Hunger strike over as city and advocates reach agreement

Person holding sign that reads, Listen to our front line workers @Forgotten519 CREDIT: DEE-DEE SAMUELS
The hunger strike, organized by The Forgotten 519, lasted four days.

The area outside City Hall that just last week looked like a makeshift graveyard surrounding Dan Oudshoorn’s tent is now barren. Last week The Forgotten 519 and allies made up of frontline workers and agencies supporting those experiencing homelessness, drug addiction, and episodic mental health challenges in London sounded the alarm for acute action to be taken by the City of London to find immediate solutions to better support people living in encampments, campsites, tents or squats.

Starting Aug. 4, The Forgotten 519 spent two days in negotiations with the City and other frontline organizations, while Oudshoorn positioned himself in a tent outside City Hall, allowing himself to consume only water, electrolytes and prescribed medications until an agreement between the City and coalition was reached.

“I take my commitment to care for others very seriously. If I say I’m going to care for you, I have a responsibility to fulfill that commitment,” Oudshoorn commented.

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The main goal of the hunger strike was to prevent even one more “unnecessary death” amongst London’s vulnerable population.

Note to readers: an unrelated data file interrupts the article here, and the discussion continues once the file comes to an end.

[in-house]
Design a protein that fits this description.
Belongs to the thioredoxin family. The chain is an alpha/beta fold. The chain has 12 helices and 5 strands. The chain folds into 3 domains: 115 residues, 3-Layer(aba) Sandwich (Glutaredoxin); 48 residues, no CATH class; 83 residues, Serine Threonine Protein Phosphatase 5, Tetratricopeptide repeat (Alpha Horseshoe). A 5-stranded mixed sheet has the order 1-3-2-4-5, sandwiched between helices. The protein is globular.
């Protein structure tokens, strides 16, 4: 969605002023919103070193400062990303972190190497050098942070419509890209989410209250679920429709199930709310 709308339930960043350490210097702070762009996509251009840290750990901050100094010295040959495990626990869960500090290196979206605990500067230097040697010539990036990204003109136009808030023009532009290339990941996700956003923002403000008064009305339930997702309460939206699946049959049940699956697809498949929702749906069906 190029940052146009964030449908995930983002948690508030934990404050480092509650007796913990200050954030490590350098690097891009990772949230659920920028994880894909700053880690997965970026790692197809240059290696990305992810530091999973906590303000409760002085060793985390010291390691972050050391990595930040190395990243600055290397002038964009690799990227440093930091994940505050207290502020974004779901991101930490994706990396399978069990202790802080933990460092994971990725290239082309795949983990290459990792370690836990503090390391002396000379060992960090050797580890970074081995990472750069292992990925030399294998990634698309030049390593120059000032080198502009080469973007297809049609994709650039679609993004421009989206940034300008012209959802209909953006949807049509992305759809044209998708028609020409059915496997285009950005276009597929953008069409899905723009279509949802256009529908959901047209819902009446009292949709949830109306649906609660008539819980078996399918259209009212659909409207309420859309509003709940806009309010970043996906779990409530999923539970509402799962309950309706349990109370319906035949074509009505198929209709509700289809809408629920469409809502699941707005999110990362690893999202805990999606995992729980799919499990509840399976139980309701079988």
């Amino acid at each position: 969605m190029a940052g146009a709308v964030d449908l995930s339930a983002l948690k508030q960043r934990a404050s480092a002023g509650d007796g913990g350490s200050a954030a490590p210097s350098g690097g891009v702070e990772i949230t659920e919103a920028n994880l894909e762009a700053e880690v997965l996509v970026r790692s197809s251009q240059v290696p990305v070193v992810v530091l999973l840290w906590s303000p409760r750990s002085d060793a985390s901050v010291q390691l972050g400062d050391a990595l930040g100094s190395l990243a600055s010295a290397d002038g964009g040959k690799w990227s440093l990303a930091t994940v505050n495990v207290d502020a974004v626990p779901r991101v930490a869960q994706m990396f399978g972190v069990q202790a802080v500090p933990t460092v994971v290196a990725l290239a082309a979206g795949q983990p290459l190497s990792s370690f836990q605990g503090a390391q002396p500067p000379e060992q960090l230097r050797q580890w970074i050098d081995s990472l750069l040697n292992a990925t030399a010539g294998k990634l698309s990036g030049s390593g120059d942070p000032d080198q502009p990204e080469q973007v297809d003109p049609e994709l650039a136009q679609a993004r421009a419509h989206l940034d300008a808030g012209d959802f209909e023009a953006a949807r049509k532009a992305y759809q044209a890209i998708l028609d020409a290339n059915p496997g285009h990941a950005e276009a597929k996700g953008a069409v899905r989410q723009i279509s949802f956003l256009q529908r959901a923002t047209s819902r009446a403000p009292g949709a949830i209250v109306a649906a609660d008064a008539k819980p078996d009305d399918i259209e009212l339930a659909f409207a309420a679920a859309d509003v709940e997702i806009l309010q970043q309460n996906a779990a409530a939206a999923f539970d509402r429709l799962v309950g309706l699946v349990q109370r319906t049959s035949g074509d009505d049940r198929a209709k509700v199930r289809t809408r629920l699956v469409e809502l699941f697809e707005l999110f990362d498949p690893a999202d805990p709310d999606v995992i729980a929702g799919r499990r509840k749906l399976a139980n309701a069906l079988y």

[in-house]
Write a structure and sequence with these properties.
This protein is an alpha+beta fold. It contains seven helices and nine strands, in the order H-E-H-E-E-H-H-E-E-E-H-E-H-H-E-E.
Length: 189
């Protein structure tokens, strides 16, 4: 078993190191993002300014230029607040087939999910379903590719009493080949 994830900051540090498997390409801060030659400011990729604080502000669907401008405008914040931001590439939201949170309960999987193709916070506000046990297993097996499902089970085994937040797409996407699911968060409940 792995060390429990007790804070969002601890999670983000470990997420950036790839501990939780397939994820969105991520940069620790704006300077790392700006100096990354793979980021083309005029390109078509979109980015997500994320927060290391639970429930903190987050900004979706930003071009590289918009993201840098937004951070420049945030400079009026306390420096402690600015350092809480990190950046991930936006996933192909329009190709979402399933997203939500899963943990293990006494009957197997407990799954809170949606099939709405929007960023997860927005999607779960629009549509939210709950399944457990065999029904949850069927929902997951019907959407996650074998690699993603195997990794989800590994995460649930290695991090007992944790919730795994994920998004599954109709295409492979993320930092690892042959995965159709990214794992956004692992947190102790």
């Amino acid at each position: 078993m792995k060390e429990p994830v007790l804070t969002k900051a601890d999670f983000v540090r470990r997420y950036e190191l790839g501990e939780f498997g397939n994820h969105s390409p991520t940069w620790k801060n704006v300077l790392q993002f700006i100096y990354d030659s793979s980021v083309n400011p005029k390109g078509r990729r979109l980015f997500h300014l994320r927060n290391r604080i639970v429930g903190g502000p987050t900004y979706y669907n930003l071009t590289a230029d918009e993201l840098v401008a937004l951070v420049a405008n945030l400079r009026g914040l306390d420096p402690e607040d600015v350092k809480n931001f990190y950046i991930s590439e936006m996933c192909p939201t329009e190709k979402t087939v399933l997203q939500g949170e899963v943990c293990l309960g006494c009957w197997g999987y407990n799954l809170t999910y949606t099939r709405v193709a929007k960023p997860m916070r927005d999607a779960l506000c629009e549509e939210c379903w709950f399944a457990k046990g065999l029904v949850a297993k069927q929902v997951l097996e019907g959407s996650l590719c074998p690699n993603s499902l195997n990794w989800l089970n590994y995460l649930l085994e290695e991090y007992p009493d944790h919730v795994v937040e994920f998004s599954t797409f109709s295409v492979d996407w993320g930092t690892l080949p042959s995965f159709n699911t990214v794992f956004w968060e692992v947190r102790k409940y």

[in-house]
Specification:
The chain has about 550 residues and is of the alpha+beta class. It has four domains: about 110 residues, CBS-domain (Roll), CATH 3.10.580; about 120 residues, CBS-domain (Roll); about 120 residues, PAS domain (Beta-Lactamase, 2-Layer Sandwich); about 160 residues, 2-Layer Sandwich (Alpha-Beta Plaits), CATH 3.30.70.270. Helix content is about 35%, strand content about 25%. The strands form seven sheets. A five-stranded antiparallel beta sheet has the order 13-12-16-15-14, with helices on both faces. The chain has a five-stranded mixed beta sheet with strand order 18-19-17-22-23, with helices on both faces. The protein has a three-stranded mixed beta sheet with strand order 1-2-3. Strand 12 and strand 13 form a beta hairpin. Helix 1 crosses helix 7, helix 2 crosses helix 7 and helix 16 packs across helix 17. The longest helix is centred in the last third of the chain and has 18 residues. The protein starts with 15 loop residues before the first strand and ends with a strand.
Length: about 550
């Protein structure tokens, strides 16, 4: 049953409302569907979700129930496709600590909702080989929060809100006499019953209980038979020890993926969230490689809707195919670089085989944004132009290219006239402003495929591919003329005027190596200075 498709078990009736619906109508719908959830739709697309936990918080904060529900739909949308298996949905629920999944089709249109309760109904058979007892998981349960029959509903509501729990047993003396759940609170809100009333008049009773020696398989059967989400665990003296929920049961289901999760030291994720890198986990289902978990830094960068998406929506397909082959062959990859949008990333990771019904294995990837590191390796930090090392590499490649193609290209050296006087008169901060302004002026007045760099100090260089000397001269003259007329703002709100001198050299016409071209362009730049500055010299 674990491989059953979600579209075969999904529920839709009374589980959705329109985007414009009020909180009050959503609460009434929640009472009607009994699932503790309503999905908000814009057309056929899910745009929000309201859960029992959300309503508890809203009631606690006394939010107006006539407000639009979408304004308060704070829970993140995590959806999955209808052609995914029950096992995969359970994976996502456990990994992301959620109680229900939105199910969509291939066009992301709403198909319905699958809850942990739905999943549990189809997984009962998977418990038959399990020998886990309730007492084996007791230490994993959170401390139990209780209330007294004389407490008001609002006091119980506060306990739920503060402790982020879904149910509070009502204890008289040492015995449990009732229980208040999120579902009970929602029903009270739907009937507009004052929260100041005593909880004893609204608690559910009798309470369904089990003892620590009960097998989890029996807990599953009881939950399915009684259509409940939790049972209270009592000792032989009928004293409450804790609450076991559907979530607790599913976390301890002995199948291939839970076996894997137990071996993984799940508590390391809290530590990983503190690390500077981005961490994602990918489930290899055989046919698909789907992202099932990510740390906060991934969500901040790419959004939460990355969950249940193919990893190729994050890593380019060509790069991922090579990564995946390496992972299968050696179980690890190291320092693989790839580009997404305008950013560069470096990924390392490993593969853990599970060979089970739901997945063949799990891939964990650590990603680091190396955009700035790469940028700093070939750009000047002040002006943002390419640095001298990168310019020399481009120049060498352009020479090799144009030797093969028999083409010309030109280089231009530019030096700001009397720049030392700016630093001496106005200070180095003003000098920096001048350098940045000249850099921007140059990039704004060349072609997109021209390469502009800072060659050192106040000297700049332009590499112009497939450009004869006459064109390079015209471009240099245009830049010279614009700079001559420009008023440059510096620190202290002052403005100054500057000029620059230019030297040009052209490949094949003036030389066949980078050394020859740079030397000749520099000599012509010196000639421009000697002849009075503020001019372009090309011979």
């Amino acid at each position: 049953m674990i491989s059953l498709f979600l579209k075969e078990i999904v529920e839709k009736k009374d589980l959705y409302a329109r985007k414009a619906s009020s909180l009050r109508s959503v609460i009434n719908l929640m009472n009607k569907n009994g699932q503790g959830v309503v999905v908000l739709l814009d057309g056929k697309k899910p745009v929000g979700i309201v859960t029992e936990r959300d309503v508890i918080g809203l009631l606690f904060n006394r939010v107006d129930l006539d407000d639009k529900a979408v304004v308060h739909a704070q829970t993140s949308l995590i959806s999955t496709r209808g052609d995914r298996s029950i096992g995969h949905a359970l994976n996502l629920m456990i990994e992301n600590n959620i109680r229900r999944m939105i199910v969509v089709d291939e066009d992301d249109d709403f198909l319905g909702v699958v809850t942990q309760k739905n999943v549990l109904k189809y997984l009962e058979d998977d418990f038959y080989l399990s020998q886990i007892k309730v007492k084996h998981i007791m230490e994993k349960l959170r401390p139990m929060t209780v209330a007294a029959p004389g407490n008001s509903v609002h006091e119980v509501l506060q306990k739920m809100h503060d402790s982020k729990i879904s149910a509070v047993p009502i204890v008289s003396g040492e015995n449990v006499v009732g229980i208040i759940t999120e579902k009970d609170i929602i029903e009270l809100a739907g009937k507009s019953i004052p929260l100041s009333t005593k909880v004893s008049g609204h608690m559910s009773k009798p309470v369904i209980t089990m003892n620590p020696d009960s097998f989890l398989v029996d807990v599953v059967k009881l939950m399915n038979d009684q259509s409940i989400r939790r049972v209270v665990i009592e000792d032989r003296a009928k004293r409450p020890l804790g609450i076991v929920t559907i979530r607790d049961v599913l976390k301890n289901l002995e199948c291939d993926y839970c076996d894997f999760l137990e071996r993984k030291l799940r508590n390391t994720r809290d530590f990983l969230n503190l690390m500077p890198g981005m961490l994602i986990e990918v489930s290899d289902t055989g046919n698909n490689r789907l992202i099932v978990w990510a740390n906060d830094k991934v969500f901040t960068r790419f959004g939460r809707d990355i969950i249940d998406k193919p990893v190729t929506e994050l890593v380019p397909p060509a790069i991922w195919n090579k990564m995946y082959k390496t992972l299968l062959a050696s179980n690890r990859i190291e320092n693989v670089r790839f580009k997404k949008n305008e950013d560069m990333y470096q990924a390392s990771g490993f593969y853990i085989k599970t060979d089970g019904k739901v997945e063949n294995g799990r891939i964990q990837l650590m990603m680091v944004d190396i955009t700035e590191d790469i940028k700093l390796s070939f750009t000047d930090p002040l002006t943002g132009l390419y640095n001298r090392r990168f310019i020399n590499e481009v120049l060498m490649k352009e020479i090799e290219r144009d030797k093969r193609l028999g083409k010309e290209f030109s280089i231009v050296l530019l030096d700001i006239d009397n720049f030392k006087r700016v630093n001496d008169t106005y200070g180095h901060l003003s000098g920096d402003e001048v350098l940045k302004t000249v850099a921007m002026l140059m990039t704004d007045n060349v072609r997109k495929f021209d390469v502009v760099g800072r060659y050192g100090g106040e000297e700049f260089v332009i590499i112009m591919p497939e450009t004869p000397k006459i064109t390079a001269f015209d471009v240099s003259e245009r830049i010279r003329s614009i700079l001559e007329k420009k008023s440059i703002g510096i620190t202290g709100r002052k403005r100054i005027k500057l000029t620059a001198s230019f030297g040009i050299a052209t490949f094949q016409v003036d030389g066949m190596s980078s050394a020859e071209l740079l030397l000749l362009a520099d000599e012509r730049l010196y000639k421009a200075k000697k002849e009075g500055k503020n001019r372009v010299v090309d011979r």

The meetings brought 147 people together in collaboration to focus on a collective solution. On Aug. 6, an agreement between the two sides was reached which saw the hunger strike come to an end. The group then whittled down to 30 people whom strategized an action plan, and a timeline to roll it out in.

The Forgotten 519 said it was overwhelmed by the response from the community and the quick action by the City.

“The Forgotten 519 are overwhelmed and grateful to their community that made these urgent actions possible,” read a statement. “We stand in solidarity with all of the frontline workers and in solidarity with the solutions we have collectively achieved today. We have seen the power of the collective voice of the frontlines and how this can achieve change.”

In a statement, the City said the conversations were difficult but the collaboration and input by frontline workers was essential in forming a united front in tackling such an increasingly widespread problem.

“We are grateful for the willingness of agencies from across the system to come together,” Kevin Dickins, Deputy City Manager, Social and Health Development said. “The perspectives of frontline workers, who are seeing and experiencing first-hand the impacts of a system that is stretched and broken, are essential in this process. Through the sessions…we have identified steps we can take – at the City and across the system – to better support people who are experiencing homelessness, addictions and episodic mental health challenges.”

Some key issues in the plan include a shift in the response to encampments focusing on outreach and support first, increased involvement of frontline workers in encampments, additional resources like water supplies for both consumption and hygiene purposes, target training for police, and an agreement regarding when and how an encampment is removed.